blog

Desert Ikebana + Graphic Design

May 28, 2019

In graphic design, it’s not just about putting art onto paper or placing images and text within certain dimension in digital media. It’s about arranging those visual elements in an appealing way but with a consideration towards tradition. What’s defined as pleasing and correctly interpreted are subjective to the viewer.

But graphic design professionals will know how and where to place elements many times making it look too easy!

Designers are often challenged to create a piece that fills every inch. That empty space is seen by some clients as wasted space. But in reality, it’s an important part in a composition. It’s called white space.

White space, also known as negative space, is any place between elements, and it doesn’t mean it’s white in color! One benefit of this design fundamental is that it provides resting spots for the eyes. As someone who gets visually overwhelmed, I naturally look for breaks in designs to “breathe.” White space also gives the benefit of allowing better comprehension, focus, and attention. It provides balance to the design and guides your eye to the main focus area (or point) of the piece, which hopefully then leads to some sort of action, interaction, or understanding.

White space is powerful and valuable.

White space is applied in many forms of media such as web design, print design, and app design. One might experience it in other areas of life. Practice and experience are essential to effectively use white space in a design composition.

I first became interested in ikebana in college when one of my design professors used it as a class example. Ikebana is the Japanese art of flower arrangement which has many schools of theory and each taking its own approach to arranging flowers. Many people make this a lifelong study, perfecting their skills over years and years. My professor was one of the toughest at the art school, often much more critical of students’ work, and therefore some students despised her classes. I, however, absolutely loved her classes and learned so much!

One day, I arrived to class to see a table set up with a vase and some plants and flowers off to the side. I had no idea why this class that was usually full of projects made from cut up film photographs or blurry Xerox textures was suddenly dealing with flowers. She then started her lesson which was a demonstration of ikebana, and something inside me just clicked.

Albeit complex in theory and full of rules, I understood what she was showing us about balance in the flower arrangement and visual movement through the carefully selected individual plant pieces. Emphasis typically falls on the other parts of a plant rather than the standard (yet still lovely) idea of a bouquet of flowers. It was beautiful and creative and another outlet to show art and design.

It was only a few years ago that I brought ikebana back into my life. Our Mojave Garden was growing more mature and producing. It needed taming and pruning to keep it healthy, hazard-free, and fire proofed as best as we could do. I needed a way to destress from (now past) jobs. I had been incorporating desert flowers and plants into my macrame designs, but I needed more excuses to get my hands on the blooms in our yard. And I always look for another reason to get creative. So I reintroduced ikebana to myself.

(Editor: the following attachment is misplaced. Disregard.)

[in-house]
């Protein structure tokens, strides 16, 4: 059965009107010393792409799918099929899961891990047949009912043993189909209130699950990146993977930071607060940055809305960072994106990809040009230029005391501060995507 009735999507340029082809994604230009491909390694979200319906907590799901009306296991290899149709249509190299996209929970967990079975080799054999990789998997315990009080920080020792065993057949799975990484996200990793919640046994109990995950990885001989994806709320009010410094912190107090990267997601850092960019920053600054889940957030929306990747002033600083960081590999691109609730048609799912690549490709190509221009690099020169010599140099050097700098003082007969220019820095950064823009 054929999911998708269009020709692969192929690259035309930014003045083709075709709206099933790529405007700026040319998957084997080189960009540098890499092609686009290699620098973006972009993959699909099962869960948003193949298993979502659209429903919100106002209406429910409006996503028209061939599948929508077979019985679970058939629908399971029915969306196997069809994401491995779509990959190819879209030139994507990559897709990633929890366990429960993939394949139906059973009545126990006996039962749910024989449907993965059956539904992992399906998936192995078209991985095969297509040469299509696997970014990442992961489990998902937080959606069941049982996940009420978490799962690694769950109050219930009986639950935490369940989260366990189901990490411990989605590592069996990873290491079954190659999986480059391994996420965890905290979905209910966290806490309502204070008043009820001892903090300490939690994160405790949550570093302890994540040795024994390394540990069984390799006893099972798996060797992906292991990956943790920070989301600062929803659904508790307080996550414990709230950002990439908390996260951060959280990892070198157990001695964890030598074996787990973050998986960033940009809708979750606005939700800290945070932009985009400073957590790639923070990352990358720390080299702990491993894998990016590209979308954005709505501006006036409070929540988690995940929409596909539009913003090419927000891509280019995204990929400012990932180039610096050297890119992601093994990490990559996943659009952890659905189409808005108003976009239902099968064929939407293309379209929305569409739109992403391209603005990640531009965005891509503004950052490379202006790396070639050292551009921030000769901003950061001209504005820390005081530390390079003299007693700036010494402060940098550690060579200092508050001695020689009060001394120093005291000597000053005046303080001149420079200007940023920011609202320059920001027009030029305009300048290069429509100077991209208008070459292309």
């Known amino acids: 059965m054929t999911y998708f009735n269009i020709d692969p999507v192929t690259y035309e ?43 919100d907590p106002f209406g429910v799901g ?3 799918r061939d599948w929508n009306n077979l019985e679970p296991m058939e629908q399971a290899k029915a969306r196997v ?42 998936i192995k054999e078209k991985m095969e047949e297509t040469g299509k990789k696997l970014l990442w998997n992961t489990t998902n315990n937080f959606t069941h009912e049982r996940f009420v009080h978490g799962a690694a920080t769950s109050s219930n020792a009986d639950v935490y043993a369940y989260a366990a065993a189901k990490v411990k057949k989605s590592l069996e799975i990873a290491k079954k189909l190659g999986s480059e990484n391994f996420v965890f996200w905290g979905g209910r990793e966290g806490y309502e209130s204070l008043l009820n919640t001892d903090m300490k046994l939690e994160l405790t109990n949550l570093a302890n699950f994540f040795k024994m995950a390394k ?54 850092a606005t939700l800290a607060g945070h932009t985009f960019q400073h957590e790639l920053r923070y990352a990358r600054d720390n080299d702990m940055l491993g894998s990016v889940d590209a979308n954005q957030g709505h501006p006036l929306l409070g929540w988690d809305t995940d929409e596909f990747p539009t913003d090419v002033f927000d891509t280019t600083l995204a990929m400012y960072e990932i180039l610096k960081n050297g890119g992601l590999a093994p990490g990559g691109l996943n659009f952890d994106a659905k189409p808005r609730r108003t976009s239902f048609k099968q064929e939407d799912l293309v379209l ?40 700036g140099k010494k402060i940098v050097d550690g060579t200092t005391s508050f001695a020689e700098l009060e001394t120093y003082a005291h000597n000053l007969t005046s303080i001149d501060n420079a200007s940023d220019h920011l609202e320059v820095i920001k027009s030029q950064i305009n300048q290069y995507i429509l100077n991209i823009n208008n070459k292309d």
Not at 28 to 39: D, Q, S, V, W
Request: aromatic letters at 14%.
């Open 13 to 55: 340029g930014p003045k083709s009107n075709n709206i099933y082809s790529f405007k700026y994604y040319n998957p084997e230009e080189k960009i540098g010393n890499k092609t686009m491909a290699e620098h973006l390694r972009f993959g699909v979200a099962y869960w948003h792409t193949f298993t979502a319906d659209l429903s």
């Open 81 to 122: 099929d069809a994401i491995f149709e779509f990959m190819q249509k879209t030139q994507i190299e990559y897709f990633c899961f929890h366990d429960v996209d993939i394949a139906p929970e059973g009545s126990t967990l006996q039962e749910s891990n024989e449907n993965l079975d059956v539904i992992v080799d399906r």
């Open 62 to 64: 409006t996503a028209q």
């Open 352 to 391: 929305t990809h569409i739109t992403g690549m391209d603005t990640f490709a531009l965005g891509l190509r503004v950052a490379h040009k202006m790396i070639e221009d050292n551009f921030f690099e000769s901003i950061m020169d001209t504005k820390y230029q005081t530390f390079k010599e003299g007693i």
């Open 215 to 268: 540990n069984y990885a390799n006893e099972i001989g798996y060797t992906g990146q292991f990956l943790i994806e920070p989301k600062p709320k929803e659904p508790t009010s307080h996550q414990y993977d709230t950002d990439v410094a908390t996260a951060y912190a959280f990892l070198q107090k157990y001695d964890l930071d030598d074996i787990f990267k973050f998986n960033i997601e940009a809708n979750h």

A Desert Ikebana Arrangement made from plants in my Mojave Garden: White Sage flower stalk, Cleveland Sage flowers, Desert Marigold flower, Texas Sage leaves, and Fourwing Saltbush leaves. A Desert Ikebana Arrangement made from plants in my Mojave Garden: White Sage flower stalk, Cleveland Sage flowers, Desert Marigold flower, Texas Sage leaves, and Fourwing Saltbush leaves.


Humanity and nature are brought together in ikebana, and that was exactly what was happening in my own desert way. I will stroll through Mojave Garden finding interesting shapes or colors. Sometimes I go for a certain color pallette and sometimes I make my selections based on contrasting and unique elements. After learning more about the importance of pruning, I have worked meticulous intentions into every cut I make. I know that my clipping/pruning, when done properly, will encourage more growth on the plant and keeps it healthy.

When it comes to arranging, I keep the elements of line, form, and shape in mind which are found in graphic design as well. Each piece I incorporate has a purpose. Each piece is carefully moved, turned, trimmed, etc. until I find its perfect place in the overall composition. Again, very relatable to my graphic designs!

An Earlier Desert Ikebana Arrangement. Plants collected from my Mojave Garden: Texas Sage, Lavender, and Brittlebush. An Earlier Desert Ikebana Arrangement. Plants collected from my Mojave Garden: Texas Sage, Lavender, and Brittlebush.


And white space makes another appearance. Paying attention to the negative space in an arrangement is just as important. This pairs nicely with ikebana’s incorporation of minimalism. Graphic design should not be a way to cram every space full of content to get your money’s worth much like ikebana isn’t about cramming every space full of plant matter. I contemplate each element I bring into a design and if there will be enough room for empty space to counterbalance that element.

It is the careful selection, the slow process, the mindfulness of the artform that has me obsessed with my own Desert Ikebana, and also why - when given the opportunity to be the designer I have practiced many years to be - I am obsessed with creating true works of graphic art.


Are you interested in learning Desert Ikebana? Want to learn more about design fundamentals such as white space? Sign up here to stay in the loop about my upcoming announcements.

Desert Ikebana and Graphic Design